In preparation for the coming prompt payment and adjudication legislation under the Construction Act, the OAA has been collecting information and monitoring what is being said about the legislation and how it will be implemented. Perhaps surprisingly to some architects, adjudication is expected to have more of an impact on practices than will prompt payment.
Adjudication is intended to provide a quick and inexpensive binding interim resolution of construction disputes. Members may find themselves involved as a party to adjudication, or may be asked by an owner to help prepare the owner’s defense where the owner is a party to adjudication. In either case, there will be limited time available to understand the item in dispute, review the material submitted by the claimant, collect pertinent information from the project files and compose a response.
Members should ensure that assisting owners with adjudication is part of the scope of services in the contract with the client. Also, as there is unlikely to be time to search for and secure the services of a lawyer once notice of adjudication is issued, members should consider selecting a lawyer in advance and putting them on a retainer for when the need arises. Members may consider it appropriate to advise clients to do likewise.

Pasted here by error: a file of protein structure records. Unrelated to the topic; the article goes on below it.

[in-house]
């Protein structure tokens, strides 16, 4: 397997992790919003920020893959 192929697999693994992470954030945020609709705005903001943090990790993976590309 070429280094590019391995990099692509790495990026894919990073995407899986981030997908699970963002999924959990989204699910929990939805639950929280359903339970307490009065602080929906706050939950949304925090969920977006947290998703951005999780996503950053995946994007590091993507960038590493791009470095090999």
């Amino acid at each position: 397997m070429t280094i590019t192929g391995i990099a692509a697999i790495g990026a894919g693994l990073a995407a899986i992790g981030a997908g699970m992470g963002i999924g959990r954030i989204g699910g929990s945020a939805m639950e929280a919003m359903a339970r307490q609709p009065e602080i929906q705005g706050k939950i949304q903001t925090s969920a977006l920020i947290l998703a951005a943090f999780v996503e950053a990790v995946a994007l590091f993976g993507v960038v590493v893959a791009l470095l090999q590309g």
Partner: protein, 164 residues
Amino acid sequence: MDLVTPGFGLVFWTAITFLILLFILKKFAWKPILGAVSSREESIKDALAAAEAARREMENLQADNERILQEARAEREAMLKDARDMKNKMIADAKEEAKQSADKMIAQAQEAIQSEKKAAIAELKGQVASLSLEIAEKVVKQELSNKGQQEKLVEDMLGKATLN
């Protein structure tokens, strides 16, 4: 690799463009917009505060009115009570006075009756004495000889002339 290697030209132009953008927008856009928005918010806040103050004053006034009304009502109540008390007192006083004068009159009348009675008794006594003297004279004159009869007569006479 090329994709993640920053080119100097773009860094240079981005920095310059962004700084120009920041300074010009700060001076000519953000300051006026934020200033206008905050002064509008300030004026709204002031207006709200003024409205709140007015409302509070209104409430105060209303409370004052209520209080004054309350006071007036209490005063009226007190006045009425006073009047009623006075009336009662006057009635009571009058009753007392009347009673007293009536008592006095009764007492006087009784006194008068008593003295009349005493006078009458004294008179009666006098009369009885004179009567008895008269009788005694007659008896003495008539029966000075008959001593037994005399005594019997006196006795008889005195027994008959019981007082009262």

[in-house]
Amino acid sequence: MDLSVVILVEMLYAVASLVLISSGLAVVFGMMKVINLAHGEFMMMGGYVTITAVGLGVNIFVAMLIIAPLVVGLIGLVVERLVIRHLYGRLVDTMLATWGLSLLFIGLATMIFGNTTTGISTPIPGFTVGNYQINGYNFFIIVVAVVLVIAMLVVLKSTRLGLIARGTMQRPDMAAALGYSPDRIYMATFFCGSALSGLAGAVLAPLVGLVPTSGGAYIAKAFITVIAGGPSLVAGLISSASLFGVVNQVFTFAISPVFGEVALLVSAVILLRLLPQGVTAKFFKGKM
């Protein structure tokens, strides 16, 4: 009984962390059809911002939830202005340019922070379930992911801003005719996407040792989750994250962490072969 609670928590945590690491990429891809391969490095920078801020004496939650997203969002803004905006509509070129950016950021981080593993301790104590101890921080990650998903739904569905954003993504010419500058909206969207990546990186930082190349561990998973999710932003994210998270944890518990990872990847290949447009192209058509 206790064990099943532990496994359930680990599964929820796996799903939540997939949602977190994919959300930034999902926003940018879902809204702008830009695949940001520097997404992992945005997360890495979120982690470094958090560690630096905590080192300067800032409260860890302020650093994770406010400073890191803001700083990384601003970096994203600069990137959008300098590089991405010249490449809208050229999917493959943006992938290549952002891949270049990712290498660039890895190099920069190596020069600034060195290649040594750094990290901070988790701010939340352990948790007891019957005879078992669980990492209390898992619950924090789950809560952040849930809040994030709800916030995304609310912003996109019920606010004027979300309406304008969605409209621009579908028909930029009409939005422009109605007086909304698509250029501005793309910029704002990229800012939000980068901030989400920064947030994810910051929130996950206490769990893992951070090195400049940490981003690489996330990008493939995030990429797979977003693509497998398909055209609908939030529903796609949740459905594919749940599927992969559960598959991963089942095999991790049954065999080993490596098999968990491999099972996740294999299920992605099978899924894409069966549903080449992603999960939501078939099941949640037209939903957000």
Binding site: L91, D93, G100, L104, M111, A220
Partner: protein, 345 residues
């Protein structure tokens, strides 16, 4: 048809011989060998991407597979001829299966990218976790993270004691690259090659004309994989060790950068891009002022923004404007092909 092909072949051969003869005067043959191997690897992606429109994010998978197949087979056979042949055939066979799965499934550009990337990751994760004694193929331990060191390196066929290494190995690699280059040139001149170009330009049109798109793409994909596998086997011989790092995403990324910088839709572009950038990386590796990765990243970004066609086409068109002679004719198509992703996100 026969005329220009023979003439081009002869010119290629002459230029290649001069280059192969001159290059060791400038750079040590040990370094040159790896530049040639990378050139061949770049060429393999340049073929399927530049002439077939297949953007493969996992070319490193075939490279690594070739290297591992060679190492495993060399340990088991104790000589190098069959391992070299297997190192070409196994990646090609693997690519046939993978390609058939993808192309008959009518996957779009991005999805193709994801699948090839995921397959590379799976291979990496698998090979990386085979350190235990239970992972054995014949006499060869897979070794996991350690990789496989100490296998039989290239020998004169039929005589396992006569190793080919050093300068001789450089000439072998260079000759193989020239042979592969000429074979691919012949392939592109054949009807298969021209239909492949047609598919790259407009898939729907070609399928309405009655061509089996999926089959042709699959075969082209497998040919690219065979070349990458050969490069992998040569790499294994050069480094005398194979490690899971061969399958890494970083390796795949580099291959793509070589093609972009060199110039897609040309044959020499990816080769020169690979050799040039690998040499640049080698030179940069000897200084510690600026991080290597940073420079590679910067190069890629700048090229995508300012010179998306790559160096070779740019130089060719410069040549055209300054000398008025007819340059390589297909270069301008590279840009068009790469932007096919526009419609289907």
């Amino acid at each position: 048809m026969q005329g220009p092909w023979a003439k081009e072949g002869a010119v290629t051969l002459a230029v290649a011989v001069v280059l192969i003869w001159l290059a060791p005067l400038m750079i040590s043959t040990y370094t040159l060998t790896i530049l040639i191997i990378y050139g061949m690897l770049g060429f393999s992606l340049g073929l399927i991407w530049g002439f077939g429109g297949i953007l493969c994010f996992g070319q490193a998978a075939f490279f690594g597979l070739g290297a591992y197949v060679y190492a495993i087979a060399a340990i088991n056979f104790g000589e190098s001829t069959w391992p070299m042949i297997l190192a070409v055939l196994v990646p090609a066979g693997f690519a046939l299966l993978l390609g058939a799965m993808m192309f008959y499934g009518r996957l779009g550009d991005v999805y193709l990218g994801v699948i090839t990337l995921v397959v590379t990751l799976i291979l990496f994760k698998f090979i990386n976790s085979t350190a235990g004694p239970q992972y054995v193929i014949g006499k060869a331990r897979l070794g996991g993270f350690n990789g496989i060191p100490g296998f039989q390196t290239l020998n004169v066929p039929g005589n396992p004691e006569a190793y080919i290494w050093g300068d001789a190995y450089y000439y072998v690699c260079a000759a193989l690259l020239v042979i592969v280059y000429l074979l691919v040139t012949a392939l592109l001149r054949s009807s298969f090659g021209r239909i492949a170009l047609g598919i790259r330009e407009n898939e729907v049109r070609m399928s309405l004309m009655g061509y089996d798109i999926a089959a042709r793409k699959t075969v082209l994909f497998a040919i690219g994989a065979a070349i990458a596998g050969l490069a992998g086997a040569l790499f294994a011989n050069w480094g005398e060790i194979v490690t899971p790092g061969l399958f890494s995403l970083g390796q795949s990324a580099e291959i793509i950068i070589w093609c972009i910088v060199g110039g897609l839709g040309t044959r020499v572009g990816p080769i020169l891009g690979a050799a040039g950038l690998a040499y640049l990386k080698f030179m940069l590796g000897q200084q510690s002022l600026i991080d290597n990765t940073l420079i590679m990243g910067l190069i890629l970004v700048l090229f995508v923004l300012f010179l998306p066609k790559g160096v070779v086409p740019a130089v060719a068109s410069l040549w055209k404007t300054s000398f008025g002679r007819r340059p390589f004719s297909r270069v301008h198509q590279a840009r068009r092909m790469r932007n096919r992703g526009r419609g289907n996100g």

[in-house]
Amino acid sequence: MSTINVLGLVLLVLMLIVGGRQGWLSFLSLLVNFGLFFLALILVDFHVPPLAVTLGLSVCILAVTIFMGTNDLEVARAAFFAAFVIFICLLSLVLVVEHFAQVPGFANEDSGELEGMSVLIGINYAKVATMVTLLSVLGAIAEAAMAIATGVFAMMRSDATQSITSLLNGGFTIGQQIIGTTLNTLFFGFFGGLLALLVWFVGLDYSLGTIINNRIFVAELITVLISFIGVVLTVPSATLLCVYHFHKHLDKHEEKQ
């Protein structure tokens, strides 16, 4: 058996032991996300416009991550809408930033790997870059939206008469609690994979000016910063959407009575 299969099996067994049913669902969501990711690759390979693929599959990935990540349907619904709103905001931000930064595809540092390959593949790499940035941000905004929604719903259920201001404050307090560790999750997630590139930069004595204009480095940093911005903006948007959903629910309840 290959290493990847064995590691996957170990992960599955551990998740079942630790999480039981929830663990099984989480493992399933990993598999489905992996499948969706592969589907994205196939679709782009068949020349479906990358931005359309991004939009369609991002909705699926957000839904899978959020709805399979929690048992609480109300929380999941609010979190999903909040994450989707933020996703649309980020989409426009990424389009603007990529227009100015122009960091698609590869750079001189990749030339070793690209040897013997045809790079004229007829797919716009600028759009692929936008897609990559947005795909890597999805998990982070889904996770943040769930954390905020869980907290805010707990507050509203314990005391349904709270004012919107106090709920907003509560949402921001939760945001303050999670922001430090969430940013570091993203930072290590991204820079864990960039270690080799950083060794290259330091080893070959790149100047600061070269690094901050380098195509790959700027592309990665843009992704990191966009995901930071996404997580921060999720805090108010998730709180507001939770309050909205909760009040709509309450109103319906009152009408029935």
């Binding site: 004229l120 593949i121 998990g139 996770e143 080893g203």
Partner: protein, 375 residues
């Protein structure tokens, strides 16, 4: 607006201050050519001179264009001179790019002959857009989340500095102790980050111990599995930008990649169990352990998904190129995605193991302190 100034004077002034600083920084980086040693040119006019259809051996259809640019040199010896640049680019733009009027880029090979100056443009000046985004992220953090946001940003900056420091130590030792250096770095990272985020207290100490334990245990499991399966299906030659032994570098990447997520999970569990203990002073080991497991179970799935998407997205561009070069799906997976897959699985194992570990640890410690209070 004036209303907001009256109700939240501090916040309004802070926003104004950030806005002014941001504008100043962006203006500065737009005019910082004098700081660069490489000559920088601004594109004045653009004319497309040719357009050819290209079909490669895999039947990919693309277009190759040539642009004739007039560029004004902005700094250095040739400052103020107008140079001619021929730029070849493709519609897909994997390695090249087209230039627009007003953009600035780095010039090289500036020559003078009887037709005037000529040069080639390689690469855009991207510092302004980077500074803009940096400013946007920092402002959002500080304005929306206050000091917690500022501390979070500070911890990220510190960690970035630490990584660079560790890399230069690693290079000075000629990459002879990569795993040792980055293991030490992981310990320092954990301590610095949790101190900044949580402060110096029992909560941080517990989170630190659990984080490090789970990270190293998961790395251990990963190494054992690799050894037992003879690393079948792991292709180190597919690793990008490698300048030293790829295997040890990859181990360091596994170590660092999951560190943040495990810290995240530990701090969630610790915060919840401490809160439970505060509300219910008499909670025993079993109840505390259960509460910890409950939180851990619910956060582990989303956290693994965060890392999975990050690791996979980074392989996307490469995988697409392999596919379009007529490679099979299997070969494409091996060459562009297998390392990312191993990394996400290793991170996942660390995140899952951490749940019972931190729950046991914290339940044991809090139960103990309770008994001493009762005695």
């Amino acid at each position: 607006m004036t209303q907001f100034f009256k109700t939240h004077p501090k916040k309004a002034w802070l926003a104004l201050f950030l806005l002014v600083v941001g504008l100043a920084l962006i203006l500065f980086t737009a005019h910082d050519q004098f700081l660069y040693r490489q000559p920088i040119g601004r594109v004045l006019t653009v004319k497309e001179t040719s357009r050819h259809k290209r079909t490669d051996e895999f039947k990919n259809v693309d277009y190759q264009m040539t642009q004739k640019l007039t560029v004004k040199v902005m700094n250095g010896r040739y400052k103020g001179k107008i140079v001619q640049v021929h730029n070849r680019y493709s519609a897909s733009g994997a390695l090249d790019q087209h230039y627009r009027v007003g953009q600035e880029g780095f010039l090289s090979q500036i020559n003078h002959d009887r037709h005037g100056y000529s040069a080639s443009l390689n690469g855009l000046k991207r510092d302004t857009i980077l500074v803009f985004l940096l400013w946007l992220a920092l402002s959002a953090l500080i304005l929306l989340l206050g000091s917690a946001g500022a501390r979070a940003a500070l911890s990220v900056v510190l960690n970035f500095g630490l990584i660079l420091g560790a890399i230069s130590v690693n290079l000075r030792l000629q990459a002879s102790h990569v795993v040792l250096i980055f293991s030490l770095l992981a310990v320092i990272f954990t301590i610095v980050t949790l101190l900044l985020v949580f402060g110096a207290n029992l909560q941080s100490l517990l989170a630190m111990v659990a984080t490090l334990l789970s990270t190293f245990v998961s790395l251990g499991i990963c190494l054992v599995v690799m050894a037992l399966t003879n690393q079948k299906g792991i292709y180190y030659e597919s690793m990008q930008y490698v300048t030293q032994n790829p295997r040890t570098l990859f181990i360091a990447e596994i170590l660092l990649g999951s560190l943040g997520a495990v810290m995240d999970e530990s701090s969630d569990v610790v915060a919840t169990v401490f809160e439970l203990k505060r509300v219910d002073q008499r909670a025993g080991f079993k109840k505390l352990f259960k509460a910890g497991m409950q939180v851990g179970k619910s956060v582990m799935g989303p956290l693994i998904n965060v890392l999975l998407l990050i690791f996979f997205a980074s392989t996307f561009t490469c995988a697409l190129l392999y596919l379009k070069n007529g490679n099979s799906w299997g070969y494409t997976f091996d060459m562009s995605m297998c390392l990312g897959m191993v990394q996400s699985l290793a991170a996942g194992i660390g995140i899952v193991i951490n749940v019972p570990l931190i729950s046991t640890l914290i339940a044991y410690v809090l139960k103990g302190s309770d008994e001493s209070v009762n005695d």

Members should also consider that the only way to respond in a timely manner may be to pull someone familiar with the project being adjudicated off their current project in order to deal with the adjudication. This may be very disruptive to the current project and to how it is being staffed.
At one symposium, senior construction lawyers strongly recommended that qualified architects and engineers become adjudicators rather than leaving it to lawyers or others to fulfil that role. The process of selecting adjudicators